If you want to find a place in the bible that echoes how you really feel the Psalms are a good place to start. Psalms is just another word for songs- so you have a collection of songs here and it would make a pretty eclectic playlist if you could put them in your iPod. You can’t, of course, because these are just the lyrics, but they’re a window into the songwriter’s heart. They’re especially a window into the heart of those who are on a spiritual journey and are trying to understand life in relationship to God.
King David wrote many of the Psalms. He wrote his songs as he went though the various seasons of his life. Like most songwriters his songs came from his own life experiences, so we have everything from the mountaintop heights when he was an important political ruler to his time alone in the desert tending sheep when nobody knew his name. When he was alone in the desert as a young man doing his job tending sheep he wrote about the things that were on his heart. He sings about victory and crushing defeat-from loving God to some pretty ugly sins he committed. It’s all there in the psalms.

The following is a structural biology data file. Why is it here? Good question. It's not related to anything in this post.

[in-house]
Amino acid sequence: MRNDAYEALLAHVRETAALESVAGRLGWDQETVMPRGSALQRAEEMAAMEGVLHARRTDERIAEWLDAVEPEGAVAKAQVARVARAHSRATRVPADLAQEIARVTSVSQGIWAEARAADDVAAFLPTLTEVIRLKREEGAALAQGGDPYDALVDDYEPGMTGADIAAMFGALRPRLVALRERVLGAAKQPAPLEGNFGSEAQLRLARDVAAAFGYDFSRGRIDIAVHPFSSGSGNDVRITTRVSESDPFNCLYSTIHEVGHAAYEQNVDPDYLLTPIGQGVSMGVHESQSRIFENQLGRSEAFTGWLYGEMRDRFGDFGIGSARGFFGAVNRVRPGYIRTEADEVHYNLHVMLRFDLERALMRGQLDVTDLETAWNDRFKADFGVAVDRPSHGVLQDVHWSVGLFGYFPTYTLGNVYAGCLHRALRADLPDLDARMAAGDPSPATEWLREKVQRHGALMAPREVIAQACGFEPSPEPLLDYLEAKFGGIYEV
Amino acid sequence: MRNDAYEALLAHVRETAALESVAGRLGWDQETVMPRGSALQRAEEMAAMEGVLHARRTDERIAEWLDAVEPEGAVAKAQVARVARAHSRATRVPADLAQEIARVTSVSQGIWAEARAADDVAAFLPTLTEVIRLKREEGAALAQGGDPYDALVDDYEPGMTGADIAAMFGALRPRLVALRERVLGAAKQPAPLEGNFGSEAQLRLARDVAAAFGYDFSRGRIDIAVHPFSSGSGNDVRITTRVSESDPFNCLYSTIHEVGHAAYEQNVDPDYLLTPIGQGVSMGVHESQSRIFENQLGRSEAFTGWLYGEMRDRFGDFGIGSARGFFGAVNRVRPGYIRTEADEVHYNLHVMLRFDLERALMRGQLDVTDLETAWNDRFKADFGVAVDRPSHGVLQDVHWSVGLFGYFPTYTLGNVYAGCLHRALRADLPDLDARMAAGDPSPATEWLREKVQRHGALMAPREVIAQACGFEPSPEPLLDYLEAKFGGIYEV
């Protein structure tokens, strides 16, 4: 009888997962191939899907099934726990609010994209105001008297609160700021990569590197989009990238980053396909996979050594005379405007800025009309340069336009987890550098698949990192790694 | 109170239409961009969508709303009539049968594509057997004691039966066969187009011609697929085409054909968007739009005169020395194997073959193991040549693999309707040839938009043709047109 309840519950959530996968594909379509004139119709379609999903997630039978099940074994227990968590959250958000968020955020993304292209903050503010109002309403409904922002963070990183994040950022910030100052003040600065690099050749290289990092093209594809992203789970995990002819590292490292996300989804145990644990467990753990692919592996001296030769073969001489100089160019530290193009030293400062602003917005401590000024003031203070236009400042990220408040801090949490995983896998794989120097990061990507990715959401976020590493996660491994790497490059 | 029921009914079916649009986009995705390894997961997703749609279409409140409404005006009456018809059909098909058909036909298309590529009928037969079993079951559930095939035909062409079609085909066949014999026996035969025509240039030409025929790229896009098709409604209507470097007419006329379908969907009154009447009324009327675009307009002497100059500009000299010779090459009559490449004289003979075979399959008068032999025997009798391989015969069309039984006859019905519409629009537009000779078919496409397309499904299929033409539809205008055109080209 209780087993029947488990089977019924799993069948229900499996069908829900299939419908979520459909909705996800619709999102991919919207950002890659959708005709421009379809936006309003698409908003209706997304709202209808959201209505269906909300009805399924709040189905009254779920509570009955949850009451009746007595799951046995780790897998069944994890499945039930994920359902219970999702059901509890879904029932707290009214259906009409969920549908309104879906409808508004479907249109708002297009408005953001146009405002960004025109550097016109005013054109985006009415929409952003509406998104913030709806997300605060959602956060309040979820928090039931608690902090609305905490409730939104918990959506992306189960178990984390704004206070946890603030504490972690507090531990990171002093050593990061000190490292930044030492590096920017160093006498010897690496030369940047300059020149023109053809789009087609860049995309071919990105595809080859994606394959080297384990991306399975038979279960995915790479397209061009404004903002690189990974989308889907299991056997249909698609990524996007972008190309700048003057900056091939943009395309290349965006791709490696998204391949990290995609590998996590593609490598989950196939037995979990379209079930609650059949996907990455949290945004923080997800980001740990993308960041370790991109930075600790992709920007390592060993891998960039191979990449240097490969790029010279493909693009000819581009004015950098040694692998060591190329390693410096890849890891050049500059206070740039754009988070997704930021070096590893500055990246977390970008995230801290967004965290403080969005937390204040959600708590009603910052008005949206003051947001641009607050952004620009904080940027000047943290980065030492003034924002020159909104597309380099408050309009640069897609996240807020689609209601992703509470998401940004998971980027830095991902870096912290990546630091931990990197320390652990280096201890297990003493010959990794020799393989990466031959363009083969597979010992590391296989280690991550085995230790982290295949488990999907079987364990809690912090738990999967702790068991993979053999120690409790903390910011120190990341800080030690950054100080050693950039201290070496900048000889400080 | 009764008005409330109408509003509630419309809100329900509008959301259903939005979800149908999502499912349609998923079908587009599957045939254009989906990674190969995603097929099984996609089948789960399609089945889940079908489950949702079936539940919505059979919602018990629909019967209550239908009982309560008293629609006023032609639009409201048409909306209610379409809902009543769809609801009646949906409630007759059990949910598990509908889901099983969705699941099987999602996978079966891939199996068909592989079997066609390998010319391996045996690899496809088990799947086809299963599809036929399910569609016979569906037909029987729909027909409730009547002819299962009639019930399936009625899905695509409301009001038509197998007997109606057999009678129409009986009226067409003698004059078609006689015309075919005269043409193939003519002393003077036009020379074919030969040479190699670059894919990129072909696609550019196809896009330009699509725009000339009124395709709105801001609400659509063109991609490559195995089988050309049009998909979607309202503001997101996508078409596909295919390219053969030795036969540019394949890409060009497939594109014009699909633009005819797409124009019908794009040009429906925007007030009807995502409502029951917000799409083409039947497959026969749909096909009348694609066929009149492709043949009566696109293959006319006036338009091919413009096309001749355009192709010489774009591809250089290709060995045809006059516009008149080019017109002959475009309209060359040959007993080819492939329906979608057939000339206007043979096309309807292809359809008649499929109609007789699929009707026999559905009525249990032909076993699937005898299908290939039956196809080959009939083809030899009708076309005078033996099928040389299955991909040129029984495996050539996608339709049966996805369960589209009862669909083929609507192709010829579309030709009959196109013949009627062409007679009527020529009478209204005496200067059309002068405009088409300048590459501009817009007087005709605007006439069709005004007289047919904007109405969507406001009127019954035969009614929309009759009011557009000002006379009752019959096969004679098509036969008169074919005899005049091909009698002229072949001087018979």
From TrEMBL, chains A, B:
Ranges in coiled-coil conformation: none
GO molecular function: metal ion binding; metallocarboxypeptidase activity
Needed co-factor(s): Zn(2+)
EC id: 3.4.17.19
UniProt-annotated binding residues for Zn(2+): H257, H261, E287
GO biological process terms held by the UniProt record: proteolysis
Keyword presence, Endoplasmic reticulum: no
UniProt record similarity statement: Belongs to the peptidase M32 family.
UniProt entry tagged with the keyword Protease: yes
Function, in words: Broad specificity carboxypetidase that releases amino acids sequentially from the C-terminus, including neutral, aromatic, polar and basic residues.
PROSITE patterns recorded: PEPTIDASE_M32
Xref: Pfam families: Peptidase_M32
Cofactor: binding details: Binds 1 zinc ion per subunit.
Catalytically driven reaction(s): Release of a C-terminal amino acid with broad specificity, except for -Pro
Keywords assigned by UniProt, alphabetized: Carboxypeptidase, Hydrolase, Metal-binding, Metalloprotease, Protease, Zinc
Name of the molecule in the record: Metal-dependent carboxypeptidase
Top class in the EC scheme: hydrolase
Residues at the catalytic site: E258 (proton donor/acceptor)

In one of his songs he asks himself, “Why am I so depressed?”
That’s actually a very good question! A lot of times we really don’t have an answer to that. We just know that we are and that we can’t seem to get out from under it. When I go to the Psalms I see myself written across those pages…
“Why am I so depressed? Why this turmoil within me?…” ( Psalm 43:5)
Why am I feeling this way????
I should have no reason for feeling like I do… Everything’s going pretty good, so why do I feel so bad?”
Put your hope in God